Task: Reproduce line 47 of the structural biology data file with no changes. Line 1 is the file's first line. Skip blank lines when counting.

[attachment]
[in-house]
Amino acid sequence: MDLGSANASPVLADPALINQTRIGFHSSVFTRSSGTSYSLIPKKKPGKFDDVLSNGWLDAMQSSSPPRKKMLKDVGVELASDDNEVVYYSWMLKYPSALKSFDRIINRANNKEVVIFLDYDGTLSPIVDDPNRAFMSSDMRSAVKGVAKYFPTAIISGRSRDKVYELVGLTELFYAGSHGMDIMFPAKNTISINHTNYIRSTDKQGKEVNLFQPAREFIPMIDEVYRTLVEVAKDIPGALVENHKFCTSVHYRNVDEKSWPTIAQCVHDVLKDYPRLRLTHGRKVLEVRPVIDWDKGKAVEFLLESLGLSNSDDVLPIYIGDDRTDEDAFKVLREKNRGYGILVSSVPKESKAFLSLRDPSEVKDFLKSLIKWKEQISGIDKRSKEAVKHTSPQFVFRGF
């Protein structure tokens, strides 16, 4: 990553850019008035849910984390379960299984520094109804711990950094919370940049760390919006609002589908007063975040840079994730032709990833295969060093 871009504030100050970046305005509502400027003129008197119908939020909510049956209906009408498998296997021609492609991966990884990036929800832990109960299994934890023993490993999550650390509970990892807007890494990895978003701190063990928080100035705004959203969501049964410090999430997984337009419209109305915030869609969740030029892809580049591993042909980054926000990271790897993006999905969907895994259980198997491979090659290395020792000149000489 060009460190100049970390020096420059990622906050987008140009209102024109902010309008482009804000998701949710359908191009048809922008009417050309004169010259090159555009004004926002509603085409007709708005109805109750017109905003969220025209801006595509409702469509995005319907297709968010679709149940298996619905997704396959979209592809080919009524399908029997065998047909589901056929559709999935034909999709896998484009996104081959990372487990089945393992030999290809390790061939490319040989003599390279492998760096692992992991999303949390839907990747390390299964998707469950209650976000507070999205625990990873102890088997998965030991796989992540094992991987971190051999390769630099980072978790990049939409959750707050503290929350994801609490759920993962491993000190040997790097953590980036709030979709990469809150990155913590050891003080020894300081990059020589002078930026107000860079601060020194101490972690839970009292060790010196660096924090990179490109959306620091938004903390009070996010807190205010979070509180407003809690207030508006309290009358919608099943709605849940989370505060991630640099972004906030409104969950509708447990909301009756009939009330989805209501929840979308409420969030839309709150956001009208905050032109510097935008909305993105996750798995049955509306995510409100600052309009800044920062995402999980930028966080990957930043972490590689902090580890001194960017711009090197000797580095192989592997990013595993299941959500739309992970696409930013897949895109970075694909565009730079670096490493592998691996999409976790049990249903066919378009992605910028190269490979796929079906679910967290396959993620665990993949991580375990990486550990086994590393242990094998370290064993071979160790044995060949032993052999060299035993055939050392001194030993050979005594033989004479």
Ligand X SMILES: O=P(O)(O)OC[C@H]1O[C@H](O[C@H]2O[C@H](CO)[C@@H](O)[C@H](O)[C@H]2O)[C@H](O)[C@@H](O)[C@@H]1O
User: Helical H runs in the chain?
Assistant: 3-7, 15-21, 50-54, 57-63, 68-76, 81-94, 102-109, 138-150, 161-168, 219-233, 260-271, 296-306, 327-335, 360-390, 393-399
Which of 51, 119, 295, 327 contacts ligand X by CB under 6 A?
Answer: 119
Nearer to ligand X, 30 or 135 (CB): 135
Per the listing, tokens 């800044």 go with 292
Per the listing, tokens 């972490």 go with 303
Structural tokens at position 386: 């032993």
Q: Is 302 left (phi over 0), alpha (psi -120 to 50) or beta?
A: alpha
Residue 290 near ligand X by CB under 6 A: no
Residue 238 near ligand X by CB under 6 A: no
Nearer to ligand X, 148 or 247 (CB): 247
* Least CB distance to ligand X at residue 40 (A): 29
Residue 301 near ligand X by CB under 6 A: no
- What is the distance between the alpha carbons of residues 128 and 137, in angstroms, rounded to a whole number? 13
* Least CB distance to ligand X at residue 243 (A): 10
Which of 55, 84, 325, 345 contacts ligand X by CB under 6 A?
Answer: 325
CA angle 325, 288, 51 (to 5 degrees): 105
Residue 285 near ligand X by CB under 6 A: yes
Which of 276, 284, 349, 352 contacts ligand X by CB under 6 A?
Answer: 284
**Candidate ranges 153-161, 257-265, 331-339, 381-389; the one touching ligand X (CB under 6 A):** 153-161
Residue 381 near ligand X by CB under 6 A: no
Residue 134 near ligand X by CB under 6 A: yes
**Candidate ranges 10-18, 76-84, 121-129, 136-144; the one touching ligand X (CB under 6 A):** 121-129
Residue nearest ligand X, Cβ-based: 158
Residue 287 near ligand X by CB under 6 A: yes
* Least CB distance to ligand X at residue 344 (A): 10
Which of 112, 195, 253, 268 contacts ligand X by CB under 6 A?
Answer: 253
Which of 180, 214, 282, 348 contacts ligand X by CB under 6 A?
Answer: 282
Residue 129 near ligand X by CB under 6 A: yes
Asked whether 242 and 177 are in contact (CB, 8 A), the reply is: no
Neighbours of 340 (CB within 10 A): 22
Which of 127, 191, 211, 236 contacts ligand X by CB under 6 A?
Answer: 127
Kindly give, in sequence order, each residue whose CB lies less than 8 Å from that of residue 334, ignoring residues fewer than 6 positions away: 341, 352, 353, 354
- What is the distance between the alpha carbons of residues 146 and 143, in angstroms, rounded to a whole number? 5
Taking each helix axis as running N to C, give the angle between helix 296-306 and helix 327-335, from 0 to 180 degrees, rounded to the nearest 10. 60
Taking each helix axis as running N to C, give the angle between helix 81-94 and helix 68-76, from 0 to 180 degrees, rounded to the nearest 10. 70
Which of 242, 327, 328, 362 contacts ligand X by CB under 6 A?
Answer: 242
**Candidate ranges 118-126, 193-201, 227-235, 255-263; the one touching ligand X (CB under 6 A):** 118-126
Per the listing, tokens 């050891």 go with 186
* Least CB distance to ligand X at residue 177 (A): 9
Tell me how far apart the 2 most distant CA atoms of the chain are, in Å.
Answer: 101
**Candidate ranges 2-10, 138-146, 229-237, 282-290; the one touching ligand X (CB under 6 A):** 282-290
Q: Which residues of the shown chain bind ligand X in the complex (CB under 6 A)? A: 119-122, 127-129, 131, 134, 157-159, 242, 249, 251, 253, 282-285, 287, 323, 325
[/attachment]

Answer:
Taking each helix axis as running N to C, give the angle between helix 81-94 and helix 68-76, from 0 to 180 degrees, rounded to the nearest 10. 70